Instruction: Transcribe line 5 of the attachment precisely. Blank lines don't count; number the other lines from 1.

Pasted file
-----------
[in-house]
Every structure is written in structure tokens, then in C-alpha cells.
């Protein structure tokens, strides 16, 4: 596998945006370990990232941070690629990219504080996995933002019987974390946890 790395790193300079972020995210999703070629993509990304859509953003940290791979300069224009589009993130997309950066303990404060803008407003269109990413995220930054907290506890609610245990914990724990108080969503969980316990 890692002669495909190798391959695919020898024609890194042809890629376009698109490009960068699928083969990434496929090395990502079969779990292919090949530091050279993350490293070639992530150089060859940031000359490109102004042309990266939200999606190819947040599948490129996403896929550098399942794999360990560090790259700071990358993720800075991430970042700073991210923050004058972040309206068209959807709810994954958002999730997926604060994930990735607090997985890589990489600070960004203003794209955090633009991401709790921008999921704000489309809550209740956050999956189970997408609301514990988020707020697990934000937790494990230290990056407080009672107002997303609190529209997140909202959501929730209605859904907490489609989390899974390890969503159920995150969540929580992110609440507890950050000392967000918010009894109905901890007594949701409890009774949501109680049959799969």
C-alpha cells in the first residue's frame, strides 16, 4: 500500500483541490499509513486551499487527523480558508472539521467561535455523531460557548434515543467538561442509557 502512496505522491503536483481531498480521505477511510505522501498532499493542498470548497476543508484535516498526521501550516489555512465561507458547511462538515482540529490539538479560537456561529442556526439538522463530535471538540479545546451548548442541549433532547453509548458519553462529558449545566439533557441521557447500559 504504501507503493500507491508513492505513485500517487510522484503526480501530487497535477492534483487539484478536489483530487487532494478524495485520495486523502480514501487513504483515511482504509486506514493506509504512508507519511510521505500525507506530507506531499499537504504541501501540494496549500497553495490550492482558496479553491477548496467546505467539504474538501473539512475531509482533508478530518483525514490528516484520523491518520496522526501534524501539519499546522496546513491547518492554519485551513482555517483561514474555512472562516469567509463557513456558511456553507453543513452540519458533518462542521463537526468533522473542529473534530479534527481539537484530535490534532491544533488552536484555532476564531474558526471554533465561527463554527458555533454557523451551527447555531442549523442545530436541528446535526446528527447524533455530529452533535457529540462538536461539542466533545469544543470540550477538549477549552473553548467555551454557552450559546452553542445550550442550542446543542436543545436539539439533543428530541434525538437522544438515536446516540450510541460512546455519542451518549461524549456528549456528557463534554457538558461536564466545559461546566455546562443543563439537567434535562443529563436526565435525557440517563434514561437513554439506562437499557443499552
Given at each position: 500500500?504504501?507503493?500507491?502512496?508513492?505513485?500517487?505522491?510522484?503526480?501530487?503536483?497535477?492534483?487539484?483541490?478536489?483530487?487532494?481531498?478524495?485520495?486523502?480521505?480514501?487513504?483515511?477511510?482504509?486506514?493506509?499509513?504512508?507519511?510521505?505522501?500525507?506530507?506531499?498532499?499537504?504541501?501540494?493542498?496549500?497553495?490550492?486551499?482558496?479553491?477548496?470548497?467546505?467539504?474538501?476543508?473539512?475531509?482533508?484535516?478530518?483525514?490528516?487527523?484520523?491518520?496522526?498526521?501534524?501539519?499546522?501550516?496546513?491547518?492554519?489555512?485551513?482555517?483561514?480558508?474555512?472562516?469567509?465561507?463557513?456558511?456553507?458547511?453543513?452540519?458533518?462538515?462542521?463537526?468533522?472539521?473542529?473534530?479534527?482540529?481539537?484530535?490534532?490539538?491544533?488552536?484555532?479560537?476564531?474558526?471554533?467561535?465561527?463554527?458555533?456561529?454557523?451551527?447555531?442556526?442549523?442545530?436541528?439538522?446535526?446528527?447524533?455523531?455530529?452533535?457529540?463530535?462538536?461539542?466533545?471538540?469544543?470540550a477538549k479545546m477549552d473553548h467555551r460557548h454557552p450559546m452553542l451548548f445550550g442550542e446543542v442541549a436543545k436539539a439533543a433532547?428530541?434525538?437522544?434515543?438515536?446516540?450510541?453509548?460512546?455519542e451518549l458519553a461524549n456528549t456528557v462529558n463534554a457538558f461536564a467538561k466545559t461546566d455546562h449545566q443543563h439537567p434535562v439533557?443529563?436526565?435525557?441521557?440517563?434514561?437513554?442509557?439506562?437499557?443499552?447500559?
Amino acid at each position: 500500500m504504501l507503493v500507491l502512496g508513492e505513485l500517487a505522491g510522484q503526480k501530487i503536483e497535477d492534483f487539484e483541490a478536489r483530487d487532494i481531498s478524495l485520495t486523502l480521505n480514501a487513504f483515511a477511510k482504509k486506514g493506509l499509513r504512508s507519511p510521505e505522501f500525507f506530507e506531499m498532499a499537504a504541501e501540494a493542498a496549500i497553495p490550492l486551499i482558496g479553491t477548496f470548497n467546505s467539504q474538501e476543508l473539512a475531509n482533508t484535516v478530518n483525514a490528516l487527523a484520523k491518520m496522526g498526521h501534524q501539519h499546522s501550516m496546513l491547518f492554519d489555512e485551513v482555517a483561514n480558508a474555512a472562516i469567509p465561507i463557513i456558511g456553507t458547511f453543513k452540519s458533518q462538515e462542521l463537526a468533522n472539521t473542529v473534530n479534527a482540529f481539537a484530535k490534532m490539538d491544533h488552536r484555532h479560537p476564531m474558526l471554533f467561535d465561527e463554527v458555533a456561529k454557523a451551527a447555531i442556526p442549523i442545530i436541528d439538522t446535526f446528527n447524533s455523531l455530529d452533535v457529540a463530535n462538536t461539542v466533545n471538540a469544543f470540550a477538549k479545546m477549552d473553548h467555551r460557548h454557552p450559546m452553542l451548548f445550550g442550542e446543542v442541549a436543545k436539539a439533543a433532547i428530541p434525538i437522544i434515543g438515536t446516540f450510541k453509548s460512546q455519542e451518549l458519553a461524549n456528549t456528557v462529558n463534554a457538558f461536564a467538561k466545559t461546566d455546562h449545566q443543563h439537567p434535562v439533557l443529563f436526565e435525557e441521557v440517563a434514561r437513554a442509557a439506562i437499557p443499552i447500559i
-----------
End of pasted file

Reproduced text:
Given at each position: 500500500?504504501?507503493?500507491?502512496?508513492?505513485?500517487?505522491?510522484?503526480?501530487?503536483?497535477?492534483?487539484?483541490?478536489?483530487?487532494?481531498?478524495?485520495?486523502?480521505?480514501?487513504?483515511?477511510?482504509?486506514?493506509?499509513?504512508?507519511?510521505?505522501?500525507?506530507?506531499?498532499?499537504?504541501?501540494?493542498?496549500?497553495?490550492?486551499?482558496?479553491?477548496?470548497?467546505?467539504?474538501?476543508?473539512?475531509?482533508?484535516?478530518?483525514?490528516?487527523?484520523?491518520?496522526?498526521?501534524?501539519?499546522?501550516?496546513?491547518?492554519?489555512?485551513?482555517?483561514?480558508?474555512?472562516?469567509?465561507?463557513?456558511?456553507?458547511?453543513?452540519?458533518?462538515?462542521?463537526?468533522?472539521?473542529?473534530?479534527?482540529?481539537?484530535?490534532?490539538?491544533?488552536?484555532?479560537?476564531?474558526?471554533?467561535?465561527?463554527?458555533?456561529?454557523?451551527?447555531?442556526?442549523?442545530?436541528?439538522?446535526?446528527?447524533?455523531?455530529?452533535?457529540?463530535?462538536?461539542?466533545?471538540?469544543?470540550a477538549k479545546m477549552d473553548h467555551r460557548h454557552p450559546m452553542l451548548f445550550g442550542e446543542v442541549a436543545k436539539a439533543a433532547?428530541?434525538?437522544?434515543?438515536?446516540?450510541?453509548?460512546?455519542e451518549l458519553a461524549n456528549t456528557v462529558n463534554a457538558f461536564a467538561k466545559t461546566d455546562h449545566q443543563h439537567p434535562v439533557?443529563?436526565?435525557?441521557?440517563?434514561?437513554?442509557?439506562?437499557?443499552?447500559?